The mind-body connection is a two-way street
The concept of the psychosomatic, psychophysiologic, or mindbody process is often misunderstood. This is definitely not to say that the pain you’re experiencing or your problem is make-believe. We’re not saying that you’re creating your pain for some pernicious purpose, or that it has no physiologic basis. What we are saying is that the mind and the body are really a whole entity with interactions and connections, so that what’s going on in your emotions, in your mind, and in your brain is constantly affecting how your body feels and vice versa.
The modern term we tend to see most often is psychophysiologic: mind and body. We also use the term psychosomatic—we’re kind of going back and forth from the Latin and Greek—with psyche being mind or emotions and soma being body. The generic American term is mindbody. All three of these terms refer to the same fundamental mind and body connection.
Conceptually, mind and body were separated in Western medicine hundreds of years ago. This mind-body dualism was in part because of certain predilections of the Catholic church in Europe, and in part because of a desire to divide psychiatry from medicine, and to separate the spiritual from the physical. These historical decisions and priorities have led Western medicine somewhat astray. Eastern medicine and Eastern philosophy have always been a bit more integrated.
Western medicine has done wonderful things for desperately sick people when it comes to acute and severe illnesses. However, it has sometimes struggled with chronic pain and other conditions, and it still struggles to integrate the emotional and the physical.
We tend to think about connections between the different parts of the body and the brain as being a one-way street. In other words, there are nerves that send painful or pleasurable sensations from your leg, shoulder or neck up to your brain where they’re perceived and processed. But actually, it turns out that the mind-body connection is a two-way street. There is very important research that has come out of UCSF medical school and other institutions which indicates that it’s not just about the sensations coming up to your awareness, it’s also very much what your brain and your nervous system do with those sensations. For example, if something is very frightening to you your brain may respond with that fear and worry; it may amplify those signals that you experience in the form of pain as they go back to your knee or your stomach or your back in this two-way process.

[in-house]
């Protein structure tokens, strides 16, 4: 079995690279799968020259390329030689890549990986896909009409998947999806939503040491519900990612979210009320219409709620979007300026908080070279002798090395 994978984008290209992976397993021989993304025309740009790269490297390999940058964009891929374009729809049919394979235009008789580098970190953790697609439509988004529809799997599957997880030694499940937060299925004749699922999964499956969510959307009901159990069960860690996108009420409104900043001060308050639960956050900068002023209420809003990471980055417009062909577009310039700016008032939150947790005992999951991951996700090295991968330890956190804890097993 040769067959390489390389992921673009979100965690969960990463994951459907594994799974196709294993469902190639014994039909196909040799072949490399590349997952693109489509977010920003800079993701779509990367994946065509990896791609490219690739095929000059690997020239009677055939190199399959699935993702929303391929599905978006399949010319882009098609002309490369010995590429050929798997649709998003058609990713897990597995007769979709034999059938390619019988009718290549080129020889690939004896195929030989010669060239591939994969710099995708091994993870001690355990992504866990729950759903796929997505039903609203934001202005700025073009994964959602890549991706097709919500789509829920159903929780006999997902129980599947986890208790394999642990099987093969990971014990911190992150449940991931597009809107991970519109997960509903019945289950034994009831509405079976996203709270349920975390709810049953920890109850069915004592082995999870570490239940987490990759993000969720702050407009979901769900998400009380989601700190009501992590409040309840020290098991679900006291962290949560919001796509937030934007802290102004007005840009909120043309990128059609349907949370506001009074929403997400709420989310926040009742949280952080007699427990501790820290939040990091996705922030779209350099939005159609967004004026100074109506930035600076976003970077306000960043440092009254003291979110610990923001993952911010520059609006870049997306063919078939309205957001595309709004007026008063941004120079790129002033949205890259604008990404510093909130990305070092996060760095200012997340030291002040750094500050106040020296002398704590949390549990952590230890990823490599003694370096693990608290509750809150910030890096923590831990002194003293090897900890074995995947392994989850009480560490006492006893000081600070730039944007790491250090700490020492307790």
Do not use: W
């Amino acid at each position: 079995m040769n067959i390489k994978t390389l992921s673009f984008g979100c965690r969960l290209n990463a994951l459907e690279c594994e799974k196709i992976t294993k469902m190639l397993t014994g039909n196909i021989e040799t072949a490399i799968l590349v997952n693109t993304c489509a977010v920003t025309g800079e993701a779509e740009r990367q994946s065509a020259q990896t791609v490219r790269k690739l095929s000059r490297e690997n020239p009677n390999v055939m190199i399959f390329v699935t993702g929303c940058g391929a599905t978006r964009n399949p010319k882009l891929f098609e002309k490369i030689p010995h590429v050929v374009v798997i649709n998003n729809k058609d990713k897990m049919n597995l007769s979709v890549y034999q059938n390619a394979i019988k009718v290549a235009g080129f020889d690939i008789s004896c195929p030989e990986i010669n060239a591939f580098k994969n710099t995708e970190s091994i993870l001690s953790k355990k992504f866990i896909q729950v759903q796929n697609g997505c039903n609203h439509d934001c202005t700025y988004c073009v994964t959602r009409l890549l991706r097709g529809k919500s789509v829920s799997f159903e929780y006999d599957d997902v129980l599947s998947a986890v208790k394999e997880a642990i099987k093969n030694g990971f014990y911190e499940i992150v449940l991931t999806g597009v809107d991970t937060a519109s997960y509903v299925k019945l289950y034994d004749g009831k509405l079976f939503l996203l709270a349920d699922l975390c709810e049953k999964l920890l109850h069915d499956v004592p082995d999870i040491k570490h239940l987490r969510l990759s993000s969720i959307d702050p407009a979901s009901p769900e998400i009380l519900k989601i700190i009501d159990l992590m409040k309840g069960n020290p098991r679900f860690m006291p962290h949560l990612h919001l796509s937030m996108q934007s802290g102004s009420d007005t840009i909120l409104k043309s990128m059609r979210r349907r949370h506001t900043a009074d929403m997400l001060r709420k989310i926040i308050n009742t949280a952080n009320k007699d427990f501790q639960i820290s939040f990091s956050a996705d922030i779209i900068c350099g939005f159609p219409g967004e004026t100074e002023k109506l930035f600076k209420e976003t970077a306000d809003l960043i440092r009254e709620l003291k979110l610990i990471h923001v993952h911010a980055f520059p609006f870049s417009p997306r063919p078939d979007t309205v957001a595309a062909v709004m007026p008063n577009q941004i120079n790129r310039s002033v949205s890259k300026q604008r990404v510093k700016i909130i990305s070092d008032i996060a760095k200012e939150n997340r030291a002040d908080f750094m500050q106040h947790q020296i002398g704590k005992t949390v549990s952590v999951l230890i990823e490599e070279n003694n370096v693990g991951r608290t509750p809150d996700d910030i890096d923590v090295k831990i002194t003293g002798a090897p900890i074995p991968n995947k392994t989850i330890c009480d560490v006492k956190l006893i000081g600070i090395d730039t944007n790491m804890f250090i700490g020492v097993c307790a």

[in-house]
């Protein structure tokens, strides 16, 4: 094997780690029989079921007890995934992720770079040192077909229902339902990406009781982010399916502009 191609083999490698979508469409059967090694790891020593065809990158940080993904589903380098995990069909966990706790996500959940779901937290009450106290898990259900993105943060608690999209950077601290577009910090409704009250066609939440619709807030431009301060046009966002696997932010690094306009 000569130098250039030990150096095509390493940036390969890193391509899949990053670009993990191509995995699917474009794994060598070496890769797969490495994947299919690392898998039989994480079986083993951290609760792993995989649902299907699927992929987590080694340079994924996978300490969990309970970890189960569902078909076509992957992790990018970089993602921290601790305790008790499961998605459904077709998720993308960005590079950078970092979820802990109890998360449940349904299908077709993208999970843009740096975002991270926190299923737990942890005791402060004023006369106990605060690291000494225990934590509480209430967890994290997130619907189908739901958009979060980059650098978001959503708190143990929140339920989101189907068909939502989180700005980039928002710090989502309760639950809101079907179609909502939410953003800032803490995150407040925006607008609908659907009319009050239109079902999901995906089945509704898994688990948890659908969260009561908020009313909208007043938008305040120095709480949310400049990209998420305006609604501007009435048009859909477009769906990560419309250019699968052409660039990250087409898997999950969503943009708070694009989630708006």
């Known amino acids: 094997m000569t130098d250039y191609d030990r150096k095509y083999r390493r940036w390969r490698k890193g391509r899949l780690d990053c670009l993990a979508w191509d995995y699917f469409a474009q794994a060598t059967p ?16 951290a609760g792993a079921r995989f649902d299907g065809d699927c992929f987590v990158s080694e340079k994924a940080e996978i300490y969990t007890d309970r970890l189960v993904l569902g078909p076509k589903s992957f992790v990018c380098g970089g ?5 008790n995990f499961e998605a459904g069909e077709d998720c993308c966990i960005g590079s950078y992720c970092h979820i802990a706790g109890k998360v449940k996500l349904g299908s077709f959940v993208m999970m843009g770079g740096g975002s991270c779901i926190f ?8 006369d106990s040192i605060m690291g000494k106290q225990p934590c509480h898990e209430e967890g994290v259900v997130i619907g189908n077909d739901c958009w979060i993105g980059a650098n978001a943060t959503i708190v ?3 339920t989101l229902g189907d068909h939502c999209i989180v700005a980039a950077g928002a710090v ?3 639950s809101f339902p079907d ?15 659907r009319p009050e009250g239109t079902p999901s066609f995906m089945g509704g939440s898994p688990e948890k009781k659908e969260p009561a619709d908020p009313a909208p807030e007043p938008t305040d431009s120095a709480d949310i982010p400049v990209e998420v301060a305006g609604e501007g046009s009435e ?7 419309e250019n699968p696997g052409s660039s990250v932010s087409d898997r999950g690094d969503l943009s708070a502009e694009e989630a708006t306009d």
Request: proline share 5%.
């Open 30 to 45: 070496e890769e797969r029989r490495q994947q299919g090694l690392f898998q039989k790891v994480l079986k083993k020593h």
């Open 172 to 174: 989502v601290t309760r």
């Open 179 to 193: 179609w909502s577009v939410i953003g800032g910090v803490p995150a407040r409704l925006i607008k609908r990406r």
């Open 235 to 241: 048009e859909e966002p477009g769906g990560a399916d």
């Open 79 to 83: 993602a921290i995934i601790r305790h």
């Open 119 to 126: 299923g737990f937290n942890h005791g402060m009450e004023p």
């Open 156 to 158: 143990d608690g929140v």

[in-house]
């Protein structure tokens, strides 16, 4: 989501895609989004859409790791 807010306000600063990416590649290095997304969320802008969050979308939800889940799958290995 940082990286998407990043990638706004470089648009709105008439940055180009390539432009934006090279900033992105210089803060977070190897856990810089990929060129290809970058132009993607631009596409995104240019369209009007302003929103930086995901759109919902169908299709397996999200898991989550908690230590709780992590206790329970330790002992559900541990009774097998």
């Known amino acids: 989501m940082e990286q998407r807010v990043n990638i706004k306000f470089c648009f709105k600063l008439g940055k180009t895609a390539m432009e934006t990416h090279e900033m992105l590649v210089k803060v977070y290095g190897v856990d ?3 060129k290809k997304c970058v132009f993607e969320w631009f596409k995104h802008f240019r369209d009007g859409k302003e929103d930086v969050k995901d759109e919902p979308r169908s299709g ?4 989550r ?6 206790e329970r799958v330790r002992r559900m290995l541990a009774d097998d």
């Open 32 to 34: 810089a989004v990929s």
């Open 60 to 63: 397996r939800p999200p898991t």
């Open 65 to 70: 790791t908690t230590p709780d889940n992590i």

In my mind, understanding this two-way street of signals is fundamental to understanding how your emotional response, mental attitude, and belief system can impact what’s going on in terms of what you’re feeling in your extremities or your back or elsewhere in the body.
“It is precisely in this interplay between the mind and body, the area where our understanding of physiology is the murkiest, that pain and our reaction to it exist.”
– Dr. David Schechter, Think Away Your Pain
Emotions may appear to be ephemeral and insubstantial, but in fact, emotions are interrelated with chemicals in the body. If you get really excited or animated about something, you’ll get a release of adrenaline or cortisol. These hormones that are released in the adrenal gland affect your body; they also affect your mind and your focus. We all know how we sometimes get more energized when we experience excitement or fear. I can recall some medical school interviews that I had decades ago—afterwards it was as if I had total recollection of what went on during an interview because I was so energized and adrenalized that my memory centers were essentially locked in the moment. On the other hand, we can all think of situations where the opposite happened. Maybe we were over-energized, perhaps we met an attractive person that we were interested in during our single days, and we stammered all over our words and couldn’t focus in on anything that was being said.
These are just a couple of simple examples of how emotions release different chemicals in the body and affect the neurotransmitters in the brain, leading to changes in both our physical state and our perception of different physical signals especially pain, as well as our mental alertness, focus, fear, and worry. And all of this is connected. That’s why I like to put the words mind and body together in one word: I really considered the mindbody to be part and parcel of the same thing.
Learn more about Dr. David Schechter’s approach to mind-body medicine in our online meditation course.